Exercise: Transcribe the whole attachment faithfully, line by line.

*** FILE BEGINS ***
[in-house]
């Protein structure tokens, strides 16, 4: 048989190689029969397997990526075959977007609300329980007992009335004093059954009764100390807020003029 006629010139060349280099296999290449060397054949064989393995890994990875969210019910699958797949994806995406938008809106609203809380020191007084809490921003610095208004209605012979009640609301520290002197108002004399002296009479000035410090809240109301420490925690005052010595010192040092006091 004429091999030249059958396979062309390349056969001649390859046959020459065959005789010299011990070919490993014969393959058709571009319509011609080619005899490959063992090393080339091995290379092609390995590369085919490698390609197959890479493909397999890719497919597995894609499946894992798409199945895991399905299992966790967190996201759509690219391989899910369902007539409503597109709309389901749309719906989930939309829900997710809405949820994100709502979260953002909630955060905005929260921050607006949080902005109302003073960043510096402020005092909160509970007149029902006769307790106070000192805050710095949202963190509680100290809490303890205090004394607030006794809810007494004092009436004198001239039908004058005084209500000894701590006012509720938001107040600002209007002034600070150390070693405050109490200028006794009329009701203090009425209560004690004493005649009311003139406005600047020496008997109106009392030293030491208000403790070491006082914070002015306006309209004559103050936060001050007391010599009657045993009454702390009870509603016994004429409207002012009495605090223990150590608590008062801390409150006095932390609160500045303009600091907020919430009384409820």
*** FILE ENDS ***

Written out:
[in-house]
């Protein structure tokens, strides 16, 4: 048989190689029969397997990526075959977007609300329980007992009335004093059954009764100390807020003029 006629010139060349280099296999290449060397054949064989393995890994990875969210019910699958797949994806995406938008809106609203809380020191007084809490921003610095208004209605012979009640609301520290002197108002004399002296009479000035410090809240109301420490925690005052010595010192040092006091 004429091999030249059958396979062309390349056969001649390859046959020459065959005789010299011990070919490993014969393959058709571009319509011609080619005899490959063992090393080339091995290379092609390995590369085919490698390609197959890479493909397999890719497919597995894609499946894992798409199945895991399905299992966790967190996201759509690219391989899910369902007539409503597109709309389901749309719906989930939309829900997710809405949820994100709502979260953002909630955060905005929260921050607006949080902005109302003073960043510096402020005092909160509970007149029902006769307790106070000192805050710095949202963190509680100290809490303890205090004394607030006794809810007494004092009436004198001239039908004058005084209500000894701590006012509720938001107040600002209007002034600070150390070693405050109490200028006794009329009701203090009425209560004690004493005649009311003139406005600047020496008997109106009392030293030491208000403790070491006082914070002015306006309209004559103050936060001050007391010599009657045993009454702390009870509603016994004429409207002012009495605090223990150590608590008062801390409150006095932390609160500045303009600091907020919430009384409820």